Published: November 23, 2015
Publication: New York Post
By Julia Marsh
Toy Guy (right) and Denise Curtis (left).
Two women who first exposed Con Edison as a hotbed of sexual harassment and discrimination claim state Attorney General Eric Schneiderman barely included them in a deal that netted workers as little as $5,000 each.
So now, Toy Guy, 41, of Brooklyn, and Denise Curtis, 40, of Long Island, are suing the utility giant in Manhattan federal court, seeking $20 million.
“The women were very annoyed that the AG did little consultation with them about settlement,” said Guy and Curtis’ attorney, Arthur Schwartz.
“Since they had gone to the [Equal Employment Opportunity Commission] in the first place, they had the right to proceed despite [a] settlement,” Schwartz said.
In court papers, Guy says her married boss asked her to be his mistress when she worked as a general utility worker in 2006. Guy refused and her boss retaliated, the suit alleges.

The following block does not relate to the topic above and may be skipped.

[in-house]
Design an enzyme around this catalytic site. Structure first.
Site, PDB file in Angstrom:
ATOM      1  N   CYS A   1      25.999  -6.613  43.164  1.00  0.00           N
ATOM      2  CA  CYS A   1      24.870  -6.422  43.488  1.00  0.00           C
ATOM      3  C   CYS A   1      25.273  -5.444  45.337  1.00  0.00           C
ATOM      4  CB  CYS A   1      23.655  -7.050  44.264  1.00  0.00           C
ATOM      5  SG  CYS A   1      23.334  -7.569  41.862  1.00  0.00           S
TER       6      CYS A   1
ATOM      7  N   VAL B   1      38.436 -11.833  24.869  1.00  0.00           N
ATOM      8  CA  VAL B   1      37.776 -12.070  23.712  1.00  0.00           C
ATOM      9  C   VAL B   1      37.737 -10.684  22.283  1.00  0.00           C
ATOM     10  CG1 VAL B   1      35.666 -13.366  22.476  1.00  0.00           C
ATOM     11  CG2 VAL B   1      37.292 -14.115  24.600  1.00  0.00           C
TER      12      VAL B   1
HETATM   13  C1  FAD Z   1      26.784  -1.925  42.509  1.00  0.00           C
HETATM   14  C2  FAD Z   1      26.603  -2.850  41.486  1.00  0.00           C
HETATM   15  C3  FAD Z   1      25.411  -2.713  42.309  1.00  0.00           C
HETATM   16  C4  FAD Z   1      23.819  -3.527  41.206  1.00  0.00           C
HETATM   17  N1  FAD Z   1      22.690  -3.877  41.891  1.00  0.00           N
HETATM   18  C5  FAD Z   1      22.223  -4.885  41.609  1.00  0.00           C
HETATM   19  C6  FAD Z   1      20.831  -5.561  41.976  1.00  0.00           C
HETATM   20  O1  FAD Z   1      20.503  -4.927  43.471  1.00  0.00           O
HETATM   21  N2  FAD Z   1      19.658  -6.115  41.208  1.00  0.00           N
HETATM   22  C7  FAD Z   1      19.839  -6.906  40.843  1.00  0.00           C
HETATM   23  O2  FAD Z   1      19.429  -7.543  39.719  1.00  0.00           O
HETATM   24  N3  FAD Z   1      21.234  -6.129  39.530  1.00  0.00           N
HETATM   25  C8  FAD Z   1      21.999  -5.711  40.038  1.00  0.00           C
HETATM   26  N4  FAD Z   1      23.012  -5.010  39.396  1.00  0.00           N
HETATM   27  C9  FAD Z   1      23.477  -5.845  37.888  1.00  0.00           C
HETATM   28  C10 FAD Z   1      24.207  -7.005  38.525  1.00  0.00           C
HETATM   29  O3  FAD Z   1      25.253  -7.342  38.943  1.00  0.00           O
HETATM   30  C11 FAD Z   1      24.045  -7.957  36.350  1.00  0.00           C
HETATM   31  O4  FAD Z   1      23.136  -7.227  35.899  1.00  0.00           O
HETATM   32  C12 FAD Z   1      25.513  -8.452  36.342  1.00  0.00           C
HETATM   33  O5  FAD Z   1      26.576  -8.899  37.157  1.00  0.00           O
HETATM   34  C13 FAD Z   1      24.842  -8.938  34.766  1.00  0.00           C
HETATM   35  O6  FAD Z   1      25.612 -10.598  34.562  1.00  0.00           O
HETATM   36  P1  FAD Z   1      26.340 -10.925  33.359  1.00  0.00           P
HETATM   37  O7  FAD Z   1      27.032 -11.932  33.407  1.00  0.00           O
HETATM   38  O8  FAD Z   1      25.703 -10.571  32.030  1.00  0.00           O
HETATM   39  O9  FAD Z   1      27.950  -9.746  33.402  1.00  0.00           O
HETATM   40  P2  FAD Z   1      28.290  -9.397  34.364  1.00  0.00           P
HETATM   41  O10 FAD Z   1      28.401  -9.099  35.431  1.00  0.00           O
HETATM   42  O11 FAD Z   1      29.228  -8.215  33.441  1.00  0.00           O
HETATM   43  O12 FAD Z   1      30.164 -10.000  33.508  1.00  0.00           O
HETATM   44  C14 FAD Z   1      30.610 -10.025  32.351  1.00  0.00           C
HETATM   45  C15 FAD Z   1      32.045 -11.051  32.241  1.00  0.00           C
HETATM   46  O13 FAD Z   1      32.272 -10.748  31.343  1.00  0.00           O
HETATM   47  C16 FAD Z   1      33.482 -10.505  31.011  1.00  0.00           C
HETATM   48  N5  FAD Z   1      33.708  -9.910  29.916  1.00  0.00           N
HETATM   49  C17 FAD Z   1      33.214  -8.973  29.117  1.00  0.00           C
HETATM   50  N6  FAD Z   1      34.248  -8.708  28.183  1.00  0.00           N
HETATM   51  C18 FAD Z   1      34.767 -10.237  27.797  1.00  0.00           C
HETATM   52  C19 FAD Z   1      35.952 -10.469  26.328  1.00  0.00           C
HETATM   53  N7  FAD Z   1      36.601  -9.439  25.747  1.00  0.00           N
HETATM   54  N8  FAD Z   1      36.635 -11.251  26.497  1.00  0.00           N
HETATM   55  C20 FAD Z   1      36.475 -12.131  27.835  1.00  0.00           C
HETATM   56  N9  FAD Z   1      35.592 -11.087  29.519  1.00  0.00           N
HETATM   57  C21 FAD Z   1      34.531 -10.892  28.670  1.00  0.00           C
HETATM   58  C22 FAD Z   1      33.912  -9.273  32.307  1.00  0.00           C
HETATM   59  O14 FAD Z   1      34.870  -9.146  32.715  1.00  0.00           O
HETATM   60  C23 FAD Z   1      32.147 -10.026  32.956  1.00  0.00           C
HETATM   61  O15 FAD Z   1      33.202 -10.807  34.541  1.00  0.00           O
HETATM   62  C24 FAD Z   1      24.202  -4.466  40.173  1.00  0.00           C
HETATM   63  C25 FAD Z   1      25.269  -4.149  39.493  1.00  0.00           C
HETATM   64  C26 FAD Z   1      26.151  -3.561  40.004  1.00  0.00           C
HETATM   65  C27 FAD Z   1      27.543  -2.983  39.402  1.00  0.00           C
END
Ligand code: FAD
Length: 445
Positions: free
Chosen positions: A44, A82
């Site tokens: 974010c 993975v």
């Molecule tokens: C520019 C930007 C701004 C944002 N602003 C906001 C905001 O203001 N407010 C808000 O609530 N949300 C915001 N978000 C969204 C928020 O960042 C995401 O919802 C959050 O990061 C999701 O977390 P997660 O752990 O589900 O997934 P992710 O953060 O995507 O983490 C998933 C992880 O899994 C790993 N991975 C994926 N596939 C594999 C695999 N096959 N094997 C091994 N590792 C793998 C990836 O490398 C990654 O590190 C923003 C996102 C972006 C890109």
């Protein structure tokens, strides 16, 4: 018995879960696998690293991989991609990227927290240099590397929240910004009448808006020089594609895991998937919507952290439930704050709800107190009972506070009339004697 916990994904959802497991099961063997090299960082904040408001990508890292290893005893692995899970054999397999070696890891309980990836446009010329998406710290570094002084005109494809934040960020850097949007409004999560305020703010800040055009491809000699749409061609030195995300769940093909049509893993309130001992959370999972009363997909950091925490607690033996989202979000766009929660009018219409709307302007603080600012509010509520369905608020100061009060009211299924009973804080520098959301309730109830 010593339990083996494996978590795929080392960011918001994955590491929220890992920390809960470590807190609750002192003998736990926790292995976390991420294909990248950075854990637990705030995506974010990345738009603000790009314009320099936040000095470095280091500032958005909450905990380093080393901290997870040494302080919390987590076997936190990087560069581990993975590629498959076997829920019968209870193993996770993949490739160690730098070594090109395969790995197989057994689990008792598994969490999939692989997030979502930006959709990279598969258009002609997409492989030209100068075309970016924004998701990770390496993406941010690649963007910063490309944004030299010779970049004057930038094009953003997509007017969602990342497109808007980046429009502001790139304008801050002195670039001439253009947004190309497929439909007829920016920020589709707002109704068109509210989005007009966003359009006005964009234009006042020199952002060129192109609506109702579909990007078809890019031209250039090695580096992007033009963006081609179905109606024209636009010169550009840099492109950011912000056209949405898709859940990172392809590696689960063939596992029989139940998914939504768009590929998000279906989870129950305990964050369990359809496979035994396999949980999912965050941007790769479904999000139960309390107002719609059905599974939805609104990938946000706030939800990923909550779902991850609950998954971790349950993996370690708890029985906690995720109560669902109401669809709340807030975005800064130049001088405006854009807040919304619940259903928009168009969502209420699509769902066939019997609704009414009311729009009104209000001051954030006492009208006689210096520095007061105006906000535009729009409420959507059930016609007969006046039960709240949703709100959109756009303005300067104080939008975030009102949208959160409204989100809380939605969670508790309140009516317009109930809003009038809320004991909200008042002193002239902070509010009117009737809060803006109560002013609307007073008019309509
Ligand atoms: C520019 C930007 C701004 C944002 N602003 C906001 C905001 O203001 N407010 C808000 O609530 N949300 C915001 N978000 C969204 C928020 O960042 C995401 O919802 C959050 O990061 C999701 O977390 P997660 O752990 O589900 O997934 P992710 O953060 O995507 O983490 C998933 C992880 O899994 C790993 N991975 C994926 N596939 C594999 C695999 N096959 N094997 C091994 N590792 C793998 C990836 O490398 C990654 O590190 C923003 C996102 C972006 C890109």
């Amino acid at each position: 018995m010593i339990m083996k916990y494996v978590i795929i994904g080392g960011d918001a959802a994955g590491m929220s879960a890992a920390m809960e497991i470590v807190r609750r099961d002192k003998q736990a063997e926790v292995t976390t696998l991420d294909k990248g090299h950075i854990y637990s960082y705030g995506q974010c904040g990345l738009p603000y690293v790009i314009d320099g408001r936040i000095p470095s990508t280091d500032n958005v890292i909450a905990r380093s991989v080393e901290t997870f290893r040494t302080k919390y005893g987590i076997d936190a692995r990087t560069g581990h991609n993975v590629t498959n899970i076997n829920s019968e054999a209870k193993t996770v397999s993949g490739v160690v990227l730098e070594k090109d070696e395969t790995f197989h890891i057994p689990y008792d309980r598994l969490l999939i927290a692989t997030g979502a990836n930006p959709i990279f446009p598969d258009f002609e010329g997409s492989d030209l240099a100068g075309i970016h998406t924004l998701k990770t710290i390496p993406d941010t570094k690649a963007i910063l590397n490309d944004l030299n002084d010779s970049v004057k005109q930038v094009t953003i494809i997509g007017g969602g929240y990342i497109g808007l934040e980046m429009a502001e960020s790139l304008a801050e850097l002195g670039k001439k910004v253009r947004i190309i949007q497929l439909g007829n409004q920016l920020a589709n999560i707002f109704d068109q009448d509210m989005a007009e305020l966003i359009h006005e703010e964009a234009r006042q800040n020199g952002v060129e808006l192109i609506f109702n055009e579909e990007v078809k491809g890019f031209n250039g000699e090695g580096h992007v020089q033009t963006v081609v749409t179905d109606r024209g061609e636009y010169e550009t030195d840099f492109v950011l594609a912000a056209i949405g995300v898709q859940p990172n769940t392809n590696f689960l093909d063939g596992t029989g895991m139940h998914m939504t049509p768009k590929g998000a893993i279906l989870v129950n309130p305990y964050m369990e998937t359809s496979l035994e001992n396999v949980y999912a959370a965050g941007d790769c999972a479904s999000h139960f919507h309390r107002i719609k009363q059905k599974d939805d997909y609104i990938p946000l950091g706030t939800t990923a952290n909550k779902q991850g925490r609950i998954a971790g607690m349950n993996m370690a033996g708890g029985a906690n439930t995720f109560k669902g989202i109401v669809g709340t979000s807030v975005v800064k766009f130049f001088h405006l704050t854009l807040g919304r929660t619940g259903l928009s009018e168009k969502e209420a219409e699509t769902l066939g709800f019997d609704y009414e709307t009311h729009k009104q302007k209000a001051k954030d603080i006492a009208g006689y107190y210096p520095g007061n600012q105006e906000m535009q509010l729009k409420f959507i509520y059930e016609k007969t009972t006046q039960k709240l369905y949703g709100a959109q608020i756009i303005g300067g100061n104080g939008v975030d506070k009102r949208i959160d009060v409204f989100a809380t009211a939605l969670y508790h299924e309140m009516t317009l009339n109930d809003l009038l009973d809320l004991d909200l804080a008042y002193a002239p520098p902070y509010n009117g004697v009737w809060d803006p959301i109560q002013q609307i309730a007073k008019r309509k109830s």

“Knowing that she was only earning about $30,000 a year and needed overtime to support herself and her son, he found various ways to deny her overtime,” according to the lawsuit.
Curtis faced constant putdowns from male coworkers who claimed “she would not be able to lift manhole covers [which she was trained to do and did],” the suit claims.
“On several occasions, they protested having to work with her on the grounds that she might have to go to the bathroom, a complaint they never raised about men,” the filing says.
Curtis was fired in 2008. Guy is still with Con Ed.
The settlement was reached in September after the EEOC found Con Ed had allowed a “hostile work environment” for women.
The $3.8 million deal will be divided among up to 300 female employees. About half the money will be doled out in $5,000 payments.
Women with more serious claims will get $30,000 to $150,000.
Neither Con Ed nor Schneiderman’s office returned calls for comment.